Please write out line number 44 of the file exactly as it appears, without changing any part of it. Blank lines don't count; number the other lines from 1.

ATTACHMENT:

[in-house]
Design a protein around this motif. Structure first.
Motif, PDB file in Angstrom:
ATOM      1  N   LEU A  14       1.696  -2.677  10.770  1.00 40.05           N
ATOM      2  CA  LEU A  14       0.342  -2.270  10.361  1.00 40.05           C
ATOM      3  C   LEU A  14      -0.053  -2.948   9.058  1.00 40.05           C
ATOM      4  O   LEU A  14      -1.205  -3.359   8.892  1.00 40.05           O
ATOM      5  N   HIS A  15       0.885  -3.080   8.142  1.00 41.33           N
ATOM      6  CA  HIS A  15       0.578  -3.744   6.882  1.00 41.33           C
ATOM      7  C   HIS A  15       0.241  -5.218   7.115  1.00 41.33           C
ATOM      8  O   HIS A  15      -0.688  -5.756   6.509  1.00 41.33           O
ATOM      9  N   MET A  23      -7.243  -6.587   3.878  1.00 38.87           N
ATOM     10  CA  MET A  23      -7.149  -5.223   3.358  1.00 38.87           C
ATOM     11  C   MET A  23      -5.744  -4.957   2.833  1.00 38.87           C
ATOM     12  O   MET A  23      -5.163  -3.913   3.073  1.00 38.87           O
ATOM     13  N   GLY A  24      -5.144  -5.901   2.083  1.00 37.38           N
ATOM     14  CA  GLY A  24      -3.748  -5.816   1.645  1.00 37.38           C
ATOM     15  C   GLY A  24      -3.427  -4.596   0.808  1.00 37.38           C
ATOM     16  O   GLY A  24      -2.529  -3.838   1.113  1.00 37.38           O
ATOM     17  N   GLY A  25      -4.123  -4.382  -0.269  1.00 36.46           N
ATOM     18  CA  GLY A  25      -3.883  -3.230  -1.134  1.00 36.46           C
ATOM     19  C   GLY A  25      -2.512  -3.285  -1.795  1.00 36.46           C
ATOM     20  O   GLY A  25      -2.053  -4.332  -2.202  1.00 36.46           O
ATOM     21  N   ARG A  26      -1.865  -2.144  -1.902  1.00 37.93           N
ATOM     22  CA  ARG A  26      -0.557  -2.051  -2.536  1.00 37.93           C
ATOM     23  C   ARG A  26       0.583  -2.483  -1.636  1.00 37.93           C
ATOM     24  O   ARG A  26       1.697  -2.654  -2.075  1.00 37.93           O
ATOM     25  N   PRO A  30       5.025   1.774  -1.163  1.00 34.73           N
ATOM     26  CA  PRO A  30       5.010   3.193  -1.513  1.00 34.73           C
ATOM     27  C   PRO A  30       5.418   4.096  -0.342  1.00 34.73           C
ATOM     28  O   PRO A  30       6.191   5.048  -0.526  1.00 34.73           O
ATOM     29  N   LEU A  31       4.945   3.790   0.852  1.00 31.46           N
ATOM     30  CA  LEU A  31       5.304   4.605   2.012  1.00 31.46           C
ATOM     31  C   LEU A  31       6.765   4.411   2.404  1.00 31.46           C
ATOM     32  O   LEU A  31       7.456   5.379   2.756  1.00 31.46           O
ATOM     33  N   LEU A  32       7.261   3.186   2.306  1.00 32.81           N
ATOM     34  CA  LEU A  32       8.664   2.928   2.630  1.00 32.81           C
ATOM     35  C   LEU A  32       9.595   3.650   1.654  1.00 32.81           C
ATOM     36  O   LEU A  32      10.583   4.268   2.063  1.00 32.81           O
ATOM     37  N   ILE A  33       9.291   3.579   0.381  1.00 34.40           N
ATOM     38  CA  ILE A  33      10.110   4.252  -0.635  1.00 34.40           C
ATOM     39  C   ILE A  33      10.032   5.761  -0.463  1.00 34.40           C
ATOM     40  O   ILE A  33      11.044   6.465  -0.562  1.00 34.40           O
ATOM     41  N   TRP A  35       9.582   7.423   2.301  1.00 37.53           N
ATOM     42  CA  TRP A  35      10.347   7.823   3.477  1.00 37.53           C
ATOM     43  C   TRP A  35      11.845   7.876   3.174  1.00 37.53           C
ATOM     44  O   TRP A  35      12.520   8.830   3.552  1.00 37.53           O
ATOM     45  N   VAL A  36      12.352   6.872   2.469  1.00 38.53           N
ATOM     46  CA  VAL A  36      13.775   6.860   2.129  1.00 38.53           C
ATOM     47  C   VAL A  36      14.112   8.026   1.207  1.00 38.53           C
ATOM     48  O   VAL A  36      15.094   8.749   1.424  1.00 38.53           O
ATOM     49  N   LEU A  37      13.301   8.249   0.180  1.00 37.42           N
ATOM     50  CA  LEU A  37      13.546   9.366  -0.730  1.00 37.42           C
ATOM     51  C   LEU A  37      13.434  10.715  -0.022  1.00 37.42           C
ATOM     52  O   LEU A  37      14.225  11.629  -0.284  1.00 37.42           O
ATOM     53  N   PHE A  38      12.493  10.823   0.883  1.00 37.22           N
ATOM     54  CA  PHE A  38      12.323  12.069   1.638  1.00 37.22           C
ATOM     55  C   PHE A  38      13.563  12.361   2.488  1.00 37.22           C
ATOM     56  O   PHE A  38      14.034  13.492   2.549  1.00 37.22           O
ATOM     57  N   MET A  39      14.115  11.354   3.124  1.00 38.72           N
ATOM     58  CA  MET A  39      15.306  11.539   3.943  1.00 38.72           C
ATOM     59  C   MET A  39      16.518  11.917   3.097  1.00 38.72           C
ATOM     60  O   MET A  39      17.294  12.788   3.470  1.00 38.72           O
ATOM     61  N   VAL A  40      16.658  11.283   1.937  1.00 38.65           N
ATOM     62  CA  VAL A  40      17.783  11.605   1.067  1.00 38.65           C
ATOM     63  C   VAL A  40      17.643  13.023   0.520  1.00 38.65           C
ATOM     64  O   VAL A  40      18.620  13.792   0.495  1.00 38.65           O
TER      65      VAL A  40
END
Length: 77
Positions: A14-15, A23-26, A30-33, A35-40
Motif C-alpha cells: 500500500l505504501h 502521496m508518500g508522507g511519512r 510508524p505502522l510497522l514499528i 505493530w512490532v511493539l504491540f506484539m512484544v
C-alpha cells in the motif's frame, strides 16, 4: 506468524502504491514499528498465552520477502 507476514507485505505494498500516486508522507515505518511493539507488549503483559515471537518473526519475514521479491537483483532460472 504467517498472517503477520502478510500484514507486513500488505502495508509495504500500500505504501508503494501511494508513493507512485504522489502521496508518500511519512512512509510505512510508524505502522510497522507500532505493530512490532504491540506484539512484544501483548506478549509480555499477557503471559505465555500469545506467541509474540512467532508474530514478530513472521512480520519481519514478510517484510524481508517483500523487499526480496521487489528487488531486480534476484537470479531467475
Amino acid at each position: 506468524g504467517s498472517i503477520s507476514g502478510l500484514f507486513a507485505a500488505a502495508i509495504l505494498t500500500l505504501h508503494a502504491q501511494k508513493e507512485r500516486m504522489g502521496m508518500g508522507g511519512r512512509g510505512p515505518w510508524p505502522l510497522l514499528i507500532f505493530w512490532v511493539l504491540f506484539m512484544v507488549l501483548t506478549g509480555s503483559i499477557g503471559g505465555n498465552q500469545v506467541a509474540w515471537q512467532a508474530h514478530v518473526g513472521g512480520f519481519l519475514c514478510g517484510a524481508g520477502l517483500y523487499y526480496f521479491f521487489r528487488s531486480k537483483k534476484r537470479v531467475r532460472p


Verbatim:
ATOM     41  N   TRP A  35       9.582   7.423   2.301  1.00 37.53           N